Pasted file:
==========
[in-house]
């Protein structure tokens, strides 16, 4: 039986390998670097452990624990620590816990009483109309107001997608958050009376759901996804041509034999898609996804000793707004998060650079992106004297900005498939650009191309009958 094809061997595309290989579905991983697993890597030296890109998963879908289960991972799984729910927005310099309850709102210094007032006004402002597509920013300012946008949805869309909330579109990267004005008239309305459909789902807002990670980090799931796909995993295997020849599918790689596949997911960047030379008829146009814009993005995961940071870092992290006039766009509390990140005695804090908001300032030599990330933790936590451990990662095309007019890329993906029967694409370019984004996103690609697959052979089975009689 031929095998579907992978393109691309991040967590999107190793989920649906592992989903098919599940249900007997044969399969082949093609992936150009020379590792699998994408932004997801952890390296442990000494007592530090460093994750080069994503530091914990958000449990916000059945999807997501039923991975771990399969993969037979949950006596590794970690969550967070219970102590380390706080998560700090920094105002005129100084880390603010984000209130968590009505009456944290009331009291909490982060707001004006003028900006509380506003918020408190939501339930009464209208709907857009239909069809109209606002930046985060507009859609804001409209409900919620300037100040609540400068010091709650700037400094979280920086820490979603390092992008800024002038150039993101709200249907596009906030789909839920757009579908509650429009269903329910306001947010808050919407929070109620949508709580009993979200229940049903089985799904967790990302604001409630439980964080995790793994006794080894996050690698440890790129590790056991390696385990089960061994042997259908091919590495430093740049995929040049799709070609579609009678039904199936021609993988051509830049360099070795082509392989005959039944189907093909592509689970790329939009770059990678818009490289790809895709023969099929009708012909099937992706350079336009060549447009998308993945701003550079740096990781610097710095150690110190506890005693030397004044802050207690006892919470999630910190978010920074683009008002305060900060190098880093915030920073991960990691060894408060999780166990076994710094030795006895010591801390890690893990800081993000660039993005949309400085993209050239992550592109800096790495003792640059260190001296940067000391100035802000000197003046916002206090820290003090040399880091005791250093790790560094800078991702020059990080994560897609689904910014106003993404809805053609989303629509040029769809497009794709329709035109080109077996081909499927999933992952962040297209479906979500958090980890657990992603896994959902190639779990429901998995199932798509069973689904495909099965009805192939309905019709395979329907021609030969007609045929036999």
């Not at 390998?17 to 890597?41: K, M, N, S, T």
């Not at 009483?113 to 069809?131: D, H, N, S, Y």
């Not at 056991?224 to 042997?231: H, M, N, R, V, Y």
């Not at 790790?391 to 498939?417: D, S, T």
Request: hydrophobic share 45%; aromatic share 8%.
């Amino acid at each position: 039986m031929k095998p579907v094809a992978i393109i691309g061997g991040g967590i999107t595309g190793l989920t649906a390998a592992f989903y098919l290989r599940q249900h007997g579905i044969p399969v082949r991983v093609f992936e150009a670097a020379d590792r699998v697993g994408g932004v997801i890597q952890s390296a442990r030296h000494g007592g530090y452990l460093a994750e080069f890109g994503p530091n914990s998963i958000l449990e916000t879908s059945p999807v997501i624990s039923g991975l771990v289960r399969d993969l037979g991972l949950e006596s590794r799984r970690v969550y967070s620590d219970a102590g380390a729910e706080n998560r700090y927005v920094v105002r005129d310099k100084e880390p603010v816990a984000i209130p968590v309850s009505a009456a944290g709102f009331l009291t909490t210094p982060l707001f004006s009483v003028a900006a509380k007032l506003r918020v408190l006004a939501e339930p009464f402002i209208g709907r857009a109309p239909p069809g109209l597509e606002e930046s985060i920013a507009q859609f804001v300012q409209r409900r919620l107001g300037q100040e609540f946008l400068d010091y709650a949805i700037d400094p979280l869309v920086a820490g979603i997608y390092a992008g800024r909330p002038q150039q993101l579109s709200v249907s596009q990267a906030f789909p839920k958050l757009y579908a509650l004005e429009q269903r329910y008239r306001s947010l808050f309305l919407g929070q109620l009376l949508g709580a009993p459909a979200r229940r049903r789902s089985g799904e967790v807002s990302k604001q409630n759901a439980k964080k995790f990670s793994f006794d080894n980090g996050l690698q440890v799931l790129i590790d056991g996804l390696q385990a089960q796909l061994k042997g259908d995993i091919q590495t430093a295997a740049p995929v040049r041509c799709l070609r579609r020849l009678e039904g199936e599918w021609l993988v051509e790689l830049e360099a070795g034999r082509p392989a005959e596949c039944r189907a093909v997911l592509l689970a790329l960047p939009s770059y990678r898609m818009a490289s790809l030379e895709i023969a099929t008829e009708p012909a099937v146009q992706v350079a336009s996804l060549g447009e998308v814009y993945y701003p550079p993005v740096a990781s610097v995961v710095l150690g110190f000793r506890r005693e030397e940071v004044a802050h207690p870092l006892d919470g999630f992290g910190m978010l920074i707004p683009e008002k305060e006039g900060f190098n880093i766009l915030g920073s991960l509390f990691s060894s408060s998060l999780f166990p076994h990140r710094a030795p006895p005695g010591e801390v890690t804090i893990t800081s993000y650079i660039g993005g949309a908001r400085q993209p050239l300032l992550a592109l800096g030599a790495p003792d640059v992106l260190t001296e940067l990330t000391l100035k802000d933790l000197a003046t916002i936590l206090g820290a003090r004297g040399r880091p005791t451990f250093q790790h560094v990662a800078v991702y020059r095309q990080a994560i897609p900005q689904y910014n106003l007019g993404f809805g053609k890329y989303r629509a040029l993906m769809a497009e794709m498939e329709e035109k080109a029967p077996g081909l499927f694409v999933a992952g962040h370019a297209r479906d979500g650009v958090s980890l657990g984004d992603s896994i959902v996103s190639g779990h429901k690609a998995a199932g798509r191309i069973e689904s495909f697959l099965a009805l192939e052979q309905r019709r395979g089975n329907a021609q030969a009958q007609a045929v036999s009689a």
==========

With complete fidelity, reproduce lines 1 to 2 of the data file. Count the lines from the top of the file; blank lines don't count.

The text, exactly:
[in-house]
């Protein structure tokens, strides 16, 4: 039986390998670097452990624990620590816990009483109309107001997608958050009376759901996804041509034999898609996804000793707004998060650079992106004297900005498939650009191309009958 094809061997595309290989579905991983697993890597030296890109998963879908289960991972799984729910927005310099309850709102210094007032006004402002597509920013300012946008949805869309909330579109990267004005008239309305459909789902807002990670980090799931796909995993295997020849599918790689596949997911960047030379008829146009814009993005995961940071870092992290006039766009509390990140005695804090908001300032030599990330933790936590451990990662095309007019890329993906029967694409370019984004996103690609697959052979089975009689 031929095998579907992978393109691309991040967590999107190793989920649906592992989903098919599940249900007997044969399969082949093609992936150009020379590792699998994408932004997801952890390296442990000494007592530090460093994750080069994503530091914990958000449990916000059945999807997501039923991975771990399969993969037979949950006596590794970690969550967070219970102590380390706080998560700090920094105002005129100084880390603010984000209130968590009505009456944290009331009291909490982060707001004006003028900006509380506003918020408190939501339930009464209208709907857009239909069809109209606002930046985060507009859609804001409209409900919620300037100040609540400068010091709650700037400094979280920086820490979603390092992008800024002038150039993101709200249907596009906030789909839920757009579908509650429009269903329910306001947010808050919407929070109620949508709580009993979200229940049903089985799904967790990302604001409630439980964080995790793994006794080894996050690698440890790129590790056991390696385990089960061994042997259908091919590495430093740049995929040049799709070609579609009678039904199936021609993988051509830049360099070795082509392989005959039944189907093909592509689970790329939009770059990678818009490289790809895709023969099929009708012909099937992706350079336009060549447009998308993945701003550079740096990781610097710095150690110190506890005693030397004044802050207690006892919470999630910190978010920074683009008002305060900060190098880093915030920073991960990691060894408060999780166990076994710094030795006895010591801390890690893990800081993000660039993005949309400085993209050239992550592109800096790495003792640059260190001296940067000391100035802000000197003046916002206090820290003090040399880091005791250093790790560094800078991702020059990080994560897609689904910014106003993404809805053609989303629509040029769809497009794709329709035109080109077996081909499927999933992952962040297209479906979500958090980890657990992603896994959902190639779990429901998995199932798509069973689904495909099965009805192939309905019709395979329907021609030969007609045929036999």